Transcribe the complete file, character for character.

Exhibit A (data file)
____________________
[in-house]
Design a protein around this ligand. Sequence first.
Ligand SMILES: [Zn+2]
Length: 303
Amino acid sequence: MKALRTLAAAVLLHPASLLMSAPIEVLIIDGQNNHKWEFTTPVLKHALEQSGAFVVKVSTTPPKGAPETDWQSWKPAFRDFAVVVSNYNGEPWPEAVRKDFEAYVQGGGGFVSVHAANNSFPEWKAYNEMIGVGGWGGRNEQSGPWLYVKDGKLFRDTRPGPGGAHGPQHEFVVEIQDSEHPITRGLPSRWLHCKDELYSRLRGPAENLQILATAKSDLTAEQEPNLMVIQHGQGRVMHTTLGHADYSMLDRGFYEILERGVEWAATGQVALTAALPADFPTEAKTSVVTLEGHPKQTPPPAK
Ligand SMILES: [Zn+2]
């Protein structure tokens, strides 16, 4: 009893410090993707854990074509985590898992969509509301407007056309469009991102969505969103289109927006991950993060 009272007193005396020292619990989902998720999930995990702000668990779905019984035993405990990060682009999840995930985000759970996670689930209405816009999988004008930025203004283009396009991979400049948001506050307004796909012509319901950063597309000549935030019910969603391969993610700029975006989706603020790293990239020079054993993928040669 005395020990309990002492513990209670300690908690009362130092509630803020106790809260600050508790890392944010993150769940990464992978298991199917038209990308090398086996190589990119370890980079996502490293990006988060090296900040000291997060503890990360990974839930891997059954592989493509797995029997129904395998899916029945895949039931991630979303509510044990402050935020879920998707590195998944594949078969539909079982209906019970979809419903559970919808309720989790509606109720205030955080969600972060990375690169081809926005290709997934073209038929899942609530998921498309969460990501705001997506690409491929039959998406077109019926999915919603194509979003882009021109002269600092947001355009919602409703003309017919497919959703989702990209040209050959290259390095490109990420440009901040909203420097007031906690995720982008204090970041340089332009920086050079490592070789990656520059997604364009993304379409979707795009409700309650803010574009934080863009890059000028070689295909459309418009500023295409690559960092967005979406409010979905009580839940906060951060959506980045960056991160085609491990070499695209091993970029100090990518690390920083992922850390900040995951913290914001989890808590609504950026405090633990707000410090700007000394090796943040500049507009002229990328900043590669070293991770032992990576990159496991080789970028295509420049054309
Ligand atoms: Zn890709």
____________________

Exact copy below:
[in-house]
Design a protein around this ligand. Sequence first.
Ligand SMILES: [Zn+2]
Length: 303
Amino acid sequence: MKALRTLAAAVLLHPASLLMSAPIEVLIIDGQNNHKWEFTTPVLKHALEQSGAFVVKVSTTPPKGAPETDWQSWKPAFRDFAVVVSNYNGEPWPEAVRKDFEAYVQGGGGFVSVHAANNSFPEWKAYNEMIGVGGWGGRNEQSGPWLYVKDGKLFRDTRPGPGGAHGPQHEFVVEIQDSEHPITRGLPSRWLHCKDELYSRLRGPAENLQILATAKSDLTAEQEPNLMVIQHGQGRVMHTTLGHADYSMLDRGFYEILERGVEWAATGQVALTAALPADFPTEAKTSVVTLEGHPKQTPPPAK
Ligand SMILES: [Zn+2]
């Protein structure tokens, strides 16, 4: 009893410090993707854990074509985590898992969509509301407007056309469009991102969505969103289109927006991950993060 009272007193005396020292619990989902998720999930995990702000668990779905019984035993405990990060682009999840995930985000759970996670689930209405816009999988004008930025203004283009396009991979400049948001506050307004796909012509319901950063597309000549935030019910969603391969993610700029975006989706603020790293990239020079054993993928040669 005395020990309990002492513990209670300690908690009362130092509630803020106790809260600050508790890392944010993150769940990464992978298991199917038209990308090398086996190589990119370890980079996502490293990006988060090296900040000291997060503890990360990974839930891997059954592989493509797995029997129904395998899916029945895949039931991630979303509510044990402050935020879920998707590195998944594949078969539909079982209906019970979809419903559970919808309720989790509606109720205030955080969600972060990375690169081809926005290709997934073209038929899942609530998921498309969460990501705001997506690409491929039959998406077109019926999915919603194509979003882009021109002269600092947001355009919602409703003309017919497919959703989702990209040209050959290259390095490109990420440009901040909203420097007031906690995720982008204090970041340089332009920086050079490592070789990656520059997604364009993304379409979707795009409700309650803010574009934080863009890059000028070689295909459309418009500023295409690559960092967005979406409010979905009580839940906060951060959506980045960056991160085609491990070499695209091993970029100090990518690390920083992922850390900040995951913290914001989890808590609504950026405090633990707000410090700007000394090796943040500049507009002229990328900043590669070293991770032992990576990159496991080789970028295509420049054309
Ligand atoms: Zn890709």